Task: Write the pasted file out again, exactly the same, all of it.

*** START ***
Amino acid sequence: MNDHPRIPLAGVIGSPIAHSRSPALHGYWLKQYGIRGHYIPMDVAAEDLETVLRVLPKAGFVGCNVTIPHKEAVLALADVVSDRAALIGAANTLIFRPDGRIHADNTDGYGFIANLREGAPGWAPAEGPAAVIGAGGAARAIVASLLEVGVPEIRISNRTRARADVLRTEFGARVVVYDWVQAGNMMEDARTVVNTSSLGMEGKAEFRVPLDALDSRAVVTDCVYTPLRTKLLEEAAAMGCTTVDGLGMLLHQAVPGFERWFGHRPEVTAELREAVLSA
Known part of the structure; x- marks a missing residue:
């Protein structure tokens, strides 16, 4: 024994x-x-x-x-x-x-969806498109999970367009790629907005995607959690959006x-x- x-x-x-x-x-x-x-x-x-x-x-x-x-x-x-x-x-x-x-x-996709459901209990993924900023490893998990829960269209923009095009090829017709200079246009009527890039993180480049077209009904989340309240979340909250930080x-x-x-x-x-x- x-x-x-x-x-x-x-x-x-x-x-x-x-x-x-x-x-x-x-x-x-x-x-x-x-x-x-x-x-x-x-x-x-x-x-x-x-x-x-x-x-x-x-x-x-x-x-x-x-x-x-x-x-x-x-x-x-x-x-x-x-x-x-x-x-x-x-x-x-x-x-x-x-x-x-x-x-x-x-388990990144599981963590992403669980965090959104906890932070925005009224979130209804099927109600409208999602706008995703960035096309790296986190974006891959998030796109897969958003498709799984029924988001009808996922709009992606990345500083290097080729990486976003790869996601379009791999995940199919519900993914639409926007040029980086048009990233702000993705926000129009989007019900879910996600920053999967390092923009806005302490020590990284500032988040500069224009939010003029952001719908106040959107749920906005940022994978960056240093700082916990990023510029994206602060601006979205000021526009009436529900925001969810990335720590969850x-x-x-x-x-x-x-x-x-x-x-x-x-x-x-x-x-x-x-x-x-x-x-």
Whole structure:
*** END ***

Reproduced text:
Amino acid sequence: MNDHPRIPLAGVIGSPIAHSRSPALHGYWLKQYGIRGHYIPMDVAAEDLETVLRVLPKAGFVGCNVTIPHKEAVLALADVVSDRAALIGAANTLIFRPDGRIHADNTDGYGFIANLREGAPGWAPAEGPAAVIGAGGAARAIVASLLEVGVPEIRISNRTRARADVLRTEFGARVVVYDWVQAGNMMEDARTVVNTSSLGMEGKAEFRVPLDALDSRAVVTDCVYTPLRTKLLEEAAAMGCTTVDGLGMLLHQAVPGFERWFGHRPEVTAELREAVLSA
Known part of the structure; x- marks a missing residue:
């Protein structure tokens, strides 16, 4: 024994x-x-x-x-x-x-969806498109999970367009790629907005995607959690959006x-x- x-x-x-x-x-x-x-x-x-x-x-x-x-x-x-x-x-x-x-x-996709459901209990993924900023490893998990829960269209923009095009090829017709200079246009009527890039993180480049077209009904989340309240979340909250930080x-x-x-x-x-x- x-x-x-x-x-x-x-x-x-x-x-x-x-x-x-x-x-x-x-x-x-x-x-x-x-x-x-x-x-x-x-x-x-x-x-x-x-x-x-x-x-x-x-x-x-x-x-x-x-x-x-x-x-x-x-x-x-x-x-x-x-x-x-x-x-x-x-x-x-x-x-x-x-x-x-x-x-x-x-388990990144599981963590992403669980965090959104906890932070925005009224979130209804099927109600409208999602706008995703960035096309790296986190974006891959998030796109897969958003498709799984029924988001009808996922709009992606990345500083290097080729990486976003790869996601379009791999995940199919519900993914639409926007040029980086048009990233702000993705926000129009989007019900879910996600920053999967390092923009806005302490020590990284500032988040500069224009939010003029952001719908106040959107749920906005940022994978960056240093700082916990990023510029994206602060601006979205000021526009009436529900925001969810990335720590969850x-x-x-x-x-x-x-x-x-x-x-x-x-x-x-x-x-x-x-x-x-x-x-």
Whole structure: